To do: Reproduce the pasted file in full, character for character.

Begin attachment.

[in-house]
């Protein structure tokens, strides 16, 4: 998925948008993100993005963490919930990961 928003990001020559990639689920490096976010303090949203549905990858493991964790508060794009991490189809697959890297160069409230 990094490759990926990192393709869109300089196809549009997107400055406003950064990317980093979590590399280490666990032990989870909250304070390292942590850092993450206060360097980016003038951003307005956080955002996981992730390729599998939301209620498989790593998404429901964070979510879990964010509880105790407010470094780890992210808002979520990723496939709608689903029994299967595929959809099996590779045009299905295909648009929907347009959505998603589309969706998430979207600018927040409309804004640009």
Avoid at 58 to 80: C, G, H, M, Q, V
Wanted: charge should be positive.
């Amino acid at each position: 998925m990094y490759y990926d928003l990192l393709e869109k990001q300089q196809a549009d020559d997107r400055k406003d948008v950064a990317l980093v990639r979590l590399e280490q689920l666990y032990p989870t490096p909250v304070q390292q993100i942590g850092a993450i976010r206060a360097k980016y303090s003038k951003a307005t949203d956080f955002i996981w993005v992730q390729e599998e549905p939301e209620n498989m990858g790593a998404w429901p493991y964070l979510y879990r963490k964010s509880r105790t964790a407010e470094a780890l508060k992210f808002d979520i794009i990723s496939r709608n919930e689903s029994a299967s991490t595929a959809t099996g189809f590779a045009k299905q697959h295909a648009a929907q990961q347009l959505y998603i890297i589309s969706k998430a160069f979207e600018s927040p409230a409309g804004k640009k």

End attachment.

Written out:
[in-house]
């Protein structure tokens, strides 16, 4: 998925948008993100993005963490919930990961 928003990001020559990639689920490096976010303090949203549905990858493991964790508060794009991490189809697959890297160069409230 990094490759990926990192393709869109300089196809549009997107400055406003950064990317980093979590590399280490666990032990989870909250304070390292942590850092993450206060360097980016003038951003307005956080955002996981992730390729599998939301209620498989790593998404429901964070979510879990964010509880105790407010470094780890992210808002979520990723496939709608689903029994299967595929959809099996590779045009299905295909648009929907347009959505998603589309969706998430979207600018927040409309804004640009």
Avoid at 58 to 80: C, G, H, M, Q, V
Wanted: charge should be positive.
């Amino acid at each position: 998925m990094y490759y990926d928003l990192l393709e869109k990001q300089q196809a549009d020559d997107r400055k406003d948008v950064a990317l980093v990639r979590l590399e280490q689920l666990y032990p989870t490096p909250v304070q390292q993100i942590g850092a993450i976010r206060a360097k980016y303090s003038k951003a307005t949203d956080f955002i996981w993005v992730q390729e599998e549905p939301e209620n498989m990858g790593a998404w429901p493991y964070l979510y879990r963490k964010s509880r105790t964790a407010e470094a780890l508060k992210f808002d979520i794009i990723s496939r709608n919930e689903s029994a299967s991490t595929a959809t099996g189809f590779a045009k299905q697959h295909a648009a929907q990961q347009l959505y998603i890297i589309s969706k998430a160069f979207e600018s927040p409230a409309g804004k640009k």